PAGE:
On November 25, 1995, about 1030 eastern standard time, a Piper PA-28R-200, N5030S, was substantially damaged when it veered off the side of the runway, during the landing roll, at the Lake Placid Airport, Lake Placid, New York. The commercial pilot and passenger were not injured. Visual meteorological conditions prevailed, for the personal flight that departed from Easton, Pennsylvania, about 0845. There was no flight plan for the flight conducted under 14 CFR Part 91. Use your browsers 'back' function to return to synopsisReturn to Query Page
In the NTSB form 6120.1/2, the pilot stated:
...Received airport advisories from Lake Placid, winds light and variable favoring runway 32. Runway was snow covered after the 1250 foot displaced threshold....[I was] slightly high on final, slipped to lose altitude, landed slightly fast, but with no undue concern as there was approximately 3000 feet of remaining runway. On rollout, aircraft started turn to the right. Was unable to stop the turn and [the aircraft] went off the runway. Left main gear was then collapsed, wing went down....Happened in the first and fastest part of roll out. probably a combination of wind, perhaps an uneven spot on the plowed runway and a slightly fast landing....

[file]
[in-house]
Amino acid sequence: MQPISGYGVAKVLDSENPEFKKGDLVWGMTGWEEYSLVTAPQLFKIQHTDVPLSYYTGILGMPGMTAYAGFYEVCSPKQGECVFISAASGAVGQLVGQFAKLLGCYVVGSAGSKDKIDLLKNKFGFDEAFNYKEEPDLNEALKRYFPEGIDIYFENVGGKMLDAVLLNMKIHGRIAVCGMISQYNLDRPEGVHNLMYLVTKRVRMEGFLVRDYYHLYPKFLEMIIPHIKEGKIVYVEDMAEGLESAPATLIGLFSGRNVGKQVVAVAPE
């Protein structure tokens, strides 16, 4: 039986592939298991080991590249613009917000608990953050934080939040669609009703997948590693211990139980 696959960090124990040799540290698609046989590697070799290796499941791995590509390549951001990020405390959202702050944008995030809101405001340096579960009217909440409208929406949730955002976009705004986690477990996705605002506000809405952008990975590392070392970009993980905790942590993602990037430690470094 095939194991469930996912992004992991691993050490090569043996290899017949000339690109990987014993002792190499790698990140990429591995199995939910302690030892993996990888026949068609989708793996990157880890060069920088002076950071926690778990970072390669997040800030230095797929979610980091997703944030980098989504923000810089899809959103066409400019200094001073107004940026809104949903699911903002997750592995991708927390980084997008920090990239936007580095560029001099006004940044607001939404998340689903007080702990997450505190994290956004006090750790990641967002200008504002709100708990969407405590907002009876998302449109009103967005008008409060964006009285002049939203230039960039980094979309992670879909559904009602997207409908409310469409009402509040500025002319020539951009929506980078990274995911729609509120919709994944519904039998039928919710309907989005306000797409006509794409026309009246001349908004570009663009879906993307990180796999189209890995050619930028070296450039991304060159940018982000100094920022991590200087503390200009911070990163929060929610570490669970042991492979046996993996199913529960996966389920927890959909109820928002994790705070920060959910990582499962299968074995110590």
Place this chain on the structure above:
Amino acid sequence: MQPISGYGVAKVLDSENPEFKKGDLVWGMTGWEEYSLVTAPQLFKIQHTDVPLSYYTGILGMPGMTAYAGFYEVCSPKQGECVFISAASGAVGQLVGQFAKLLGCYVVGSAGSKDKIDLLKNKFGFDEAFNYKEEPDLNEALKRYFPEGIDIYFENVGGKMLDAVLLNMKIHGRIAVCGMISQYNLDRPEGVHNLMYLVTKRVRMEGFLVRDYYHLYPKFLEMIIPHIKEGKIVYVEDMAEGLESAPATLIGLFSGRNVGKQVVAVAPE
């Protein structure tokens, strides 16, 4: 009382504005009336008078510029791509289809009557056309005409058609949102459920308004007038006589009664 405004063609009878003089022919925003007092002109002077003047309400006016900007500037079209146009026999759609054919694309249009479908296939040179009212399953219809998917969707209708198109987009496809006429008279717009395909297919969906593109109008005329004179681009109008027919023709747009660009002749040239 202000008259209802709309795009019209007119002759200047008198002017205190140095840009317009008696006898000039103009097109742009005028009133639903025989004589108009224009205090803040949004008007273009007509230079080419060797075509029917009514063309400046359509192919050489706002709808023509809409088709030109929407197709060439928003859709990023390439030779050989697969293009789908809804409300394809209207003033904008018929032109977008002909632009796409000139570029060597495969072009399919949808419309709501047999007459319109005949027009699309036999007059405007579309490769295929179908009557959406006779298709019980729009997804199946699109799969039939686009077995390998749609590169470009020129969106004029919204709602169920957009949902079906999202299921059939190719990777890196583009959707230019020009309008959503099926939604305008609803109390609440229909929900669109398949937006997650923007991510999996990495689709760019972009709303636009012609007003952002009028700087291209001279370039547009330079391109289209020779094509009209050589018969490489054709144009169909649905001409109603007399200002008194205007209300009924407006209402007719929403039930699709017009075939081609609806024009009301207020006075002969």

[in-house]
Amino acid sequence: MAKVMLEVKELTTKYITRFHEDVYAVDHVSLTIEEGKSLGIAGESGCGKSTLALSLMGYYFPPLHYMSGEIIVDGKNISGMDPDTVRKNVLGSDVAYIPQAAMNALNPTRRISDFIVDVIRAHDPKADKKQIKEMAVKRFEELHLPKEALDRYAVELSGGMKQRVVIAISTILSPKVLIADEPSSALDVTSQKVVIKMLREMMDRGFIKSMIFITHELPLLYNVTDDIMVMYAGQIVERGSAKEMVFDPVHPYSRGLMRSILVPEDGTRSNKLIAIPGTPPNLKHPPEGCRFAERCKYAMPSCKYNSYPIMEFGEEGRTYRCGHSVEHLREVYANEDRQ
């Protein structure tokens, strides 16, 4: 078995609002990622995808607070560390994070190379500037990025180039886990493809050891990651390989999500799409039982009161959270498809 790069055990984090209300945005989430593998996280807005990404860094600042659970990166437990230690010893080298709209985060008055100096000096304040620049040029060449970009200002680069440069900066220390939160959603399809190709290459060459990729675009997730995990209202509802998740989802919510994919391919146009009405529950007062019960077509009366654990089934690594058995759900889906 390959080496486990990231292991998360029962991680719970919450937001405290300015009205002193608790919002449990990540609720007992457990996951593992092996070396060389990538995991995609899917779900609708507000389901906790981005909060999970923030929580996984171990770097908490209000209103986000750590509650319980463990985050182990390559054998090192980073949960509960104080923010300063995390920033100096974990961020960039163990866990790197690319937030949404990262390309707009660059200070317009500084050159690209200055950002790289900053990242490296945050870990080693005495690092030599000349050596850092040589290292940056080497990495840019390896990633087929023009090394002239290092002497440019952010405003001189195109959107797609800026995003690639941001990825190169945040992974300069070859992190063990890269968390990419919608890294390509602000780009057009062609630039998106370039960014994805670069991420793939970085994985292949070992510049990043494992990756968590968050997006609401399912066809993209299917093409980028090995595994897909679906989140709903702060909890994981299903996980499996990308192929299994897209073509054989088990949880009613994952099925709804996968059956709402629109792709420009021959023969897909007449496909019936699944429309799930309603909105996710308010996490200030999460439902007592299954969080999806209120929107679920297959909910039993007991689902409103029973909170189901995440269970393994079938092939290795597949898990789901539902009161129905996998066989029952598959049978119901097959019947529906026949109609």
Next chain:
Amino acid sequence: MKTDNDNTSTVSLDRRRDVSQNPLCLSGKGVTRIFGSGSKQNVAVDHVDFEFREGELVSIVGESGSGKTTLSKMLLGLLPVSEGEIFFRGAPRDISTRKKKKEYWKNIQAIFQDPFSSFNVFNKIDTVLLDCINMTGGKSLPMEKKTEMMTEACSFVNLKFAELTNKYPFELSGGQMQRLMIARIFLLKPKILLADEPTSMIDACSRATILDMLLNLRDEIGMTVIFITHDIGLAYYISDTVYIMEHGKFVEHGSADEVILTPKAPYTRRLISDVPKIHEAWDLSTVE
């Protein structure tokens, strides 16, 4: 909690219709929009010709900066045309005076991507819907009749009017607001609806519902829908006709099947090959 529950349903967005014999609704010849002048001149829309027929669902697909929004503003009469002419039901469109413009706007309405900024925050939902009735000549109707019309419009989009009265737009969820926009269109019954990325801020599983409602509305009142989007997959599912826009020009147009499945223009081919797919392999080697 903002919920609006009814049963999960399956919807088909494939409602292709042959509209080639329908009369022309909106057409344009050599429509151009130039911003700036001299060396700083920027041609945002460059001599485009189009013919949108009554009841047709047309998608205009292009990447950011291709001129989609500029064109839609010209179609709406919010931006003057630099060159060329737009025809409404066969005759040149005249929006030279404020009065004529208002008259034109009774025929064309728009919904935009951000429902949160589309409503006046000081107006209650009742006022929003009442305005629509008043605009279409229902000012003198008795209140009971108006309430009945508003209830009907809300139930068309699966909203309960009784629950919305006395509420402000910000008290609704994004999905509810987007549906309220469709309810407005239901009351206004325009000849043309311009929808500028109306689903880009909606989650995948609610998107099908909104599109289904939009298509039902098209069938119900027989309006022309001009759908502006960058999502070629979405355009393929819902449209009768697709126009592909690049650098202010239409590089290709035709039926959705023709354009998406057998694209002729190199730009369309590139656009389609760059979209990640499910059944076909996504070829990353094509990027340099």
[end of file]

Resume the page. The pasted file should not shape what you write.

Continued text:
The pilot further reported that the winds were light and variable and that there were no mechanical malfunctions with the airplane.
Additionally, according to the Airport Facility Directory, runway 32 was 4200 feet long and 50 feet wide.